The Society for Worldwide Interbank Financial Telecommunication began blocking Iranian banks from using its communications network on Saturday, NPR reported.
"It's a big deal," Iran sanctions expert Mark Dubowitz told NPR. "Because it complicates Iran's ability to move billions of dollars through the international financial system."
Iran's international trade depends on these financial transactions. SWIFT's move not only impedes the nation's oil exports, but imports of crucial infrastructure commodities, like steel, as well.
The sanctions are part of a continued effort by the U.S. and EU nations to pressure Iran into opening up its nuclear energy program to international inspection to uncover any efforts to develop nuclear weapons.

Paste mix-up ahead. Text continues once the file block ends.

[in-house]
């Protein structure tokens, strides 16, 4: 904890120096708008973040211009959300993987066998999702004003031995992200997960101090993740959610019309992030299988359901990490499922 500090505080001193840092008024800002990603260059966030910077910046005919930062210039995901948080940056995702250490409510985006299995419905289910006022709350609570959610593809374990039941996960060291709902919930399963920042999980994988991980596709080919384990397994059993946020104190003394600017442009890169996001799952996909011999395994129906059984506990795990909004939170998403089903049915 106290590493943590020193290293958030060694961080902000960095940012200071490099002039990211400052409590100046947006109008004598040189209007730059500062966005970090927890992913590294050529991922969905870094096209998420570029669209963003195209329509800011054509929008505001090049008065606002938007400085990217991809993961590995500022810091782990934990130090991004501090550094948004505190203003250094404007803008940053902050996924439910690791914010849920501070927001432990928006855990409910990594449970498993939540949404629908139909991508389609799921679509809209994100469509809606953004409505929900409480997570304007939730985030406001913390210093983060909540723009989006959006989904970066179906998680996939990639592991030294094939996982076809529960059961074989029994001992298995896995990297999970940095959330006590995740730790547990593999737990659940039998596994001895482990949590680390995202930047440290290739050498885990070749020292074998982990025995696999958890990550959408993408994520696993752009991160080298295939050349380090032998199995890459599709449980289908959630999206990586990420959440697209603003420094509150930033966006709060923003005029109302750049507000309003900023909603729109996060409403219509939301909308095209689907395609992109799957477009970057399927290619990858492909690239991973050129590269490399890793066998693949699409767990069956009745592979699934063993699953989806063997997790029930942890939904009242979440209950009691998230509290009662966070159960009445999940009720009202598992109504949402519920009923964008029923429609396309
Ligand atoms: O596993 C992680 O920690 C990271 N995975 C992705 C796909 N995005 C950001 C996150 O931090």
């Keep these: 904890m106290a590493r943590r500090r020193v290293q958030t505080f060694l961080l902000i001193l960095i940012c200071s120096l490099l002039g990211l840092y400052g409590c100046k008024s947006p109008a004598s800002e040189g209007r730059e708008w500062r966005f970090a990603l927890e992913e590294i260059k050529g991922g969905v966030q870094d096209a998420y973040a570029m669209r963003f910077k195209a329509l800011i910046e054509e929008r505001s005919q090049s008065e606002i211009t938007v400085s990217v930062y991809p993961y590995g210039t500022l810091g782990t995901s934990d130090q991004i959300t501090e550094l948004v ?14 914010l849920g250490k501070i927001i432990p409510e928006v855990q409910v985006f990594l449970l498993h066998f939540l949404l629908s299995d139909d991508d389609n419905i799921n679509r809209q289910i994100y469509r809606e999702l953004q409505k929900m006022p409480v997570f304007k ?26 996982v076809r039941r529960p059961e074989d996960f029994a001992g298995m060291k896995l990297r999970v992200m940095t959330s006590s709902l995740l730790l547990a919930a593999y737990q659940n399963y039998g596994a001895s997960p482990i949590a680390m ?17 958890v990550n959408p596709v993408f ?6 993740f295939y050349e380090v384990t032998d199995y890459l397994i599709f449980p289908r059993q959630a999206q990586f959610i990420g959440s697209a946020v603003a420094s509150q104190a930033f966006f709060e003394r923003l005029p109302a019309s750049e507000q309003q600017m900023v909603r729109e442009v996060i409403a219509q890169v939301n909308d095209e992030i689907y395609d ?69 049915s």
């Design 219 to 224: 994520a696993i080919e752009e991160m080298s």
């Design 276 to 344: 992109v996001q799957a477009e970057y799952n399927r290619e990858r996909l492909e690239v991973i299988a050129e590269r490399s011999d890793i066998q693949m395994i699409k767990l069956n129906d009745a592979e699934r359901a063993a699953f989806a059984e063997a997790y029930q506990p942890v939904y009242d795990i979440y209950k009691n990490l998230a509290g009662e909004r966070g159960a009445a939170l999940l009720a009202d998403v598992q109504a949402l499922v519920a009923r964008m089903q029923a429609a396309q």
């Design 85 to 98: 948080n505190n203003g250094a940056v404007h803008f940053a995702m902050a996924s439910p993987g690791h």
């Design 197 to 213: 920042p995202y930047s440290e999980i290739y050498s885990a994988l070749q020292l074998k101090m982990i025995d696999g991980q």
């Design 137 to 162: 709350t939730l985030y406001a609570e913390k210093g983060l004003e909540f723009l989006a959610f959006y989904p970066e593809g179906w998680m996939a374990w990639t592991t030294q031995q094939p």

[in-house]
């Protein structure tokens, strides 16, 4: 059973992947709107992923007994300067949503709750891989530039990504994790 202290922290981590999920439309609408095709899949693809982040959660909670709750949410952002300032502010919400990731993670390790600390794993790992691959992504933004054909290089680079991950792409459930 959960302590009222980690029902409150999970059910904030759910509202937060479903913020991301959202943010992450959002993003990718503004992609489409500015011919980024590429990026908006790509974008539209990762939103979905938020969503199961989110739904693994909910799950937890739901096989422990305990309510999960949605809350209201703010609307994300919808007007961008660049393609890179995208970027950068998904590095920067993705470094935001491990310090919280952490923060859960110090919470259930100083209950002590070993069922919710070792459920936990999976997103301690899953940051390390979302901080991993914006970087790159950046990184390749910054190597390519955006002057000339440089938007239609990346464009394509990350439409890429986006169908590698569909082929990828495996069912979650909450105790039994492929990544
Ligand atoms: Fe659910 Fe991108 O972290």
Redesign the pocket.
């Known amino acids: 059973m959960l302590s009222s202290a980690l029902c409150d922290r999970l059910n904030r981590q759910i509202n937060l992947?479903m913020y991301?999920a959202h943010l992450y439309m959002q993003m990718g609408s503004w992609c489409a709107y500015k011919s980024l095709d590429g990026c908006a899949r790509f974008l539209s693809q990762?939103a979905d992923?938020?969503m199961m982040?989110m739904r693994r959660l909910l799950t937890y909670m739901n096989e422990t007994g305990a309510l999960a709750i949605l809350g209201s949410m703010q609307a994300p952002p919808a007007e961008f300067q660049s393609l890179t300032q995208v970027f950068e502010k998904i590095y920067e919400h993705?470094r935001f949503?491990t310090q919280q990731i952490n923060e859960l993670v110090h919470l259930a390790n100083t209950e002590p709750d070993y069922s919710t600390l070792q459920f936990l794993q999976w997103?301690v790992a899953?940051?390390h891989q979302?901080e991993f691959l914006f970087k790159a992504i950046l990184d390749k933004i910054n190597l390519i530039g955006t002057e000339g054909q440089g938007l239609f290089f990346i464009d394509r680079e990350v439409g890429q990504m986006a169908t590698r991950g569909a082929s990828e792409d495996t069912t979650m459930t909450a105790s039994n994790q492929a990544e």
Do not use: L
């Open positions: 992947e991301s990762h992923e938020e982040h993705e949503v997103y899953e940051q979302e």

An inspection team from the U.N.'s International Atomic Energy Agency arrived in Iran last month, and upon completing its report, expressed some concerns about its nuclear ambitions.
"The agency continues to have serious concerns regarding possible military dimensions to Iran's nuclear program," said IAEA Director Yukiya Amano in a March 5 statement.
Israel has made it clear that it will carry out military strikes on Iran's energy infrastructure if it feels Iran has the capacity to develop nuclear weapons.
President Barack Obama recently reiterated U.S. support for Israel and its right to defend itself during a state visit by Israeli Prime Minister Benjamin Netanyahu, although he cautioned the Israelis against aggressively pursuing military action.
"Already, there is too much loose talk of war," Obama said during a March 4 conference of the pro-Israel lobby, AIPAC. "Over the last few weeks, such talk has only benefited the Iranian government, by driving up the price of oil, which they depend on to fund their nuclear program. For the sake of Israel's security, America's security, and the peace and security of the world, now is not the time for bluster."